The Fresh Loaf

News & Information for Amateur Bakers and Artisan Bread Enthusiasts

Overnight retarding

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bwalker187's picture
bwalker187

Overnight retarding

I am planning to make this recipe to bring to my family's for Thanksgiving http://www.northwestsourdough.com/discover/?p=1423 The recipe calls for 4 hours of bulk fermentation (with folding) and then 2 hours in the fridge before baking. I would like to mix and bulk ferment the dough on Wednesday night, refridgerate overnight and then bake after letting it warm up on Thursday morning. However, this is a big change from the recipe and it makes me nervous. I was hoping someone could give me some advice as to weather or not they think that's a good plan. Thanks so much and happy holidays!

 

Beth

flournwater's picture
flournwater

The folding process is critical to success with this recipe.  If you bulk ferment overnight without folding I don't believe you'll achieve the desired texture (crumb) she describes.  The time to experiment is when the risks are low.  If you're baking for a crowd and don't want to be embarrassed I'd suggest following her method without adjustments.

bwalker187's picture
bwalker187

I'm planning to still do the folding, just put it in the fridge overnight instead of for 2 hours. I agree with not experimenting with something I'm bringing to a family dinner though!

flournwater's picture
flournwater

In such a case as you describe, and provided your refrigerator is set below 40 degrees and you put the finished dough in the refrigerator late in the evening, I'd say you'll probably be OK.  But I'd try to keep the retardation time to 8 hours or less if possible and I'd likely be sure to let it acclimate (I'd look for somewhere in the area of 55 - 60 degrees) before baking.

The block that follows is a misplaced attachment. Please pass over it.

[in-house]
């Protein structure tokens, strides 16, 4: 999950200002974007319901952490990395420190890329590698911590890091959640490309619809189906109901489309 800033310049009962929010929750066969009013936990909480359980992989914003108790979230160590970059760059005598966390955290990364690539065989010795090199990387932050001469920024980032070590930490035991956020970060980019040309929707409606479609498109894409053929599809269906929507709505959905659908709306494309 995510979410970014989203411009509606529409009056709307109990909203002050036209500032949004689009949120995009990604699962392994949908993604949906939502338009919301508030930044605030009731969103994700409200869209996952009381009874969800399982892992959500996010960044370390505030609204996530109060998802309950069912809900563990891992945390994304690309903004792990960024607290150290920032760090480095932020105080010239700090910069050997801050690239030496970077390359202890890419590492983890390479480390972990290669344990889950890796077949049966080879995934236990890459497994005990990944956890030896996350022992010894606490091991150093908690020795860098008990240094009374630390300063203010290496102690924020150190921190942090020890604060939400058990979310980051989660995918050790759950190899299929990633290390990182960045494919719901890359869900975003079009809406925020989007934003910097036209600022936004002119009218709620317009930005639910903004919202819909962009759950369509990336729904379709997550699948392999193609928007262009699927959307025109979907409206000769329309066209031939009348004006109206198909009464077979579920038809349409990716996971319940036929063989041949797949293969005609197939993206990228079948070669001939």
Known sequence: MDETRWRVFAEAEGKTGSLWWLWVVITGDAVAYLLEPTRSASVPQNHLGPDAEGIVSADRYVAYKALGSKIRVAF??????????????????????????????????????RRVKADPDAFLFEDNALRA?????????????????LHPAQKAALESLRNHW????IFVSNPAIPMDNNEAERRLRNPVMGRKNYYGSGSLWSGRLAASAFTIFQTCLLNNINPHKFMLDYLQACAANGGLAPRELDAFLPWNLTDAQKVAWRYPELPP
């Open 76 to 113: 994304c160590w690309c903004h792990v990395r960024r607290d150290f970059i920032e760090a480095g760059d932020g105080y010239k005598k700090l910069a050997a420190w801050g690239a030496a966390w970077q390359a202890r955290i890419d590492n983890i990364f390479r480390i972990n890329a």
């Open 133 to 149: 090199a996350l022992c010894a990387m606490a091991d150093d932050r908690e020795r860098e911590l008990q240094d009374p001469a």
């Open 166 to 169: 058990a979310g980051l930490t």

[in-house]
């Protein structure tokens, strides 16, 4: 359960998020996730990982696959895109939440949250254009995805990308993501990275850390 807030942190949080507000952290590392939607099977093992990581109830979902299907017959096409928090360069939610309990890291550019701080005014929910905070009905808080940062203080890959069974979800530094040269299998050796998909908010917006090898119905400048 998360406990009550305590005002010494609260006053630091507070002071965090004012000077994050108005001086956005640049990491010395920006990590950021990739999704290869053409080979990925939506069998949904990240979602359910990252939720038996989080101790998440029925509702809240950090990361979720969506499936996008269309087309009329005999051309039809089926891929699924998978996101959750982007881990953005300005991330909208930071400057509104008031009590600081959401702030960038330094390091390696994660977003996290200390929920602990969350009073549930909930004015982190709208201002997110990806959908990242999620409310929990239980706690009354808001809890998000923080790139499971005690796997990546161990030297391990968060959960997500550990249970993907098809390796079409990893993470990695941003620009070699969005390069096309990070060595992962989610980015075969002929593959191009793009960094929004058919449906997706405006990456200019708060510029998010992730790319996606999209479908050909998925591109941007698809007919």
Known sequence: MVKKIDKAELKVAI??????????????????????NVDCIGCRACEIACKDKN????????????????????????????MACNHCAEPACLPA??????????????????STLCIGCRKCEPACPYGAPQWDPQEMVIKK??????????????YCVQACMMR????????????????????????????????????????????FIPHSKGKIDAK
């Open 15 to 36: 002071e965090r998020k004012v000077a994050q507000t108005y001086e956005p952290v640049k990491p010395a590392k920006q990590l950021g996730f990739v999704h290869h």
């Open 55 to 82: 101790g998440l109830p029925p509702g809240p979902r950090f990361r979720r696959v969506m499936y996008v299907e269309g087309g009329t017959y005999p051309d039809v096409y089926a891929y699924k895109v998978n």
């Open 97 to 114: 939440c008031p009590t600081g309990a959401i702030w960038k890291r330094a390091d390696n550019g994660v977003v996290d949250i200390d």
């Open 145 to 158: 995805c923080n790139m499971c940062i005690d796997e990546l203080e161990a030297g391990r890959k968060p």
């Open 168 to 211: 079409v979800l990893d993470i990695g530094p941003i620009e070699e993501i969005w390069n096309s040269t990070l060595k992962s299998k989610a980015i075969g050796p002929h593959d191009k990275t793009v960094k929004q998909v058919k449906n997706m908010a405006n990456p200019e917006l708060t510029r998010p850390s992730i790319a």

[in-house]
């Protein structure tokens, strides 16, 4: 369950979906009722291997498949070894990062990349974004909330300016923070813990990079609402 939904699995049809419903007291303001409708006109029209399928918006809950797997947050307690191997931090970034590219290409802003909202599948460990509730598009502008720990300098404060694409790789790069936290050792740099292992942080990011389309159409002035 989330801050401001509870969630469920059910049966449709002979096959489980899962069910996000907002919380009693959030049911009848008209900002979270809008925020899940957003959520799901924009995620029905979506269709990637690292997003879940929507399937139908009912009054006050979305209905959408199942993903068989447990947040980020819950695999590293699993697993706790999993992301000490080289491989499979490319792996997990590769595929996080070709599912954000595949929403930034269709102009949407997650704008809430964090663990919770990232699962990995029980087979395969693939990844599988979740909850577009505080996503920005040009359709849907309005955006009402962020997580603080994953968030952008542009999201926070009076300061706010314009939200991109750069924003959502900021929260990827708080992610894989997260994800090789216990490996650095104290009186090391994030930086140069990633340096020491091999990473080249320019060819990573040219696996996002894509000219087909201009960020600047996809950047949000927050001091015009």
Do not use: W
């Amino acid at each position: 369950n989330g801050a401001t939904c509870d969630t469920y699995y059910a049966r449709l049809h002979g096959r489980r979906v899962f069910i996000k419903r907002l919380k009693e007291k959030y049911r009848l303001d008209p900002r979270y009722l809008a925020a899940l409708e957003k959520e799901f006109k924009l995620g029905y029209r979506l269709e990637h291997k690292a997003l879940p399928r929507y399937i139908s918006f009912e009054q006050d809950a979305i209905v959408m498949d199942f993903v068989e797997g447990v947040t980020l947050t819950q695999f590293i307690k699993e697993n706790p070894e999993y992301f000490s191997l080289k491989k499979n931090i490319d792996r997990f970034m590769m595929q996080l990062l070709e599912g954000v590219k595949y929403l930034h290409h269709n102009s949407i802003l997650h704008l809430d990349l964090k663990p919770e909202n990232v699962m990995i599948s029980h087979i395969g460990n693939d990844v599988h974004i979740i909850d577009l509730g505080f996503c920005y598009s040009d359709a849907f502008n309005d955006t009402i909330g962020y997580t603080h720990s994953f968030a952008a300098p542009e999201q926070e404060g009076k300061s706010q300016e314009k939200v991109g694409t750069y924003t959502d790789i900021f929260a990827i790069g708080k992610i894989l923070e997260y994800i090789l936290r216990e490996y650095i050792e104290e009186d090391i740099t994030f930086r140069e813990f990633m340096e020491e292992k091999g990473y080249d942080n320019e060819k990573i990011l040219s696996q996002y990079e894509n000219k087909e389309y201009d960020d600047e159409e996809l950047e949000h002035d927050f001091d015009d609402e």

Davo's picture
Davo

You'll be fine. I often do something like this and leave it til the following night to bake. But you haven't been clear - are you shaping the loaves and putting the shaped loaves in the fridge - that's what I do. I would be worried that if you took out retarded bulk-fermented dough and then shaped in the morning, you would need a longish warm-up time to get that last bit of rise going - and then you wouldn't want it to have fully ripened int he fridge overnight, as there'd be no zing in the proof.

One thing though is that you will have to be flexible on how long you warm up the loaves - it may vary from not at all (if it looks ripe when you first look in the morning - and this is possible if it's gotten a bit airy before going in the fridge) up to it might need a couple of hours warming up. As you (at least I do) warm the oven up for an hour, you have at least some of that time anyway. Hopefully if you can judge the ripness by size and poke test, you will know if it's ready or not.

Also be aware that you should cover with a plastic bag or similar as the fridge is very dry and it might dry out on top. And in turn this can make the loaf a little sticky in the banetton if it gets towards the overproved end of ripe. I use a mix of rye flour with a little rice flour to dust the banetton in it and they come out fine.

For my starter and kitchen, four hours bulk followed by shape and overnight in fridge will typically have the loaves looking reasonably airy on going into the fridge - certainly not looking ripe to bake but on their way up, and by morrning a 1 hour warm-up would be about right. But this really can vary with little changes in temp etc that you have to play it by ear....

bwalker187's picture
bwalker187

Thanks for your feedback, this is exactly what I plan to do. I'll put the shaped rolls in the fridge and bake them when they look ready in the morning.

pjkobulnicky's picture
pjkobulnicky

If you retard the shapped rolls (which I too heartily advise) and they fully rise in the fridge then you do not have to let them warm up ... go straight from the fridge to the oven.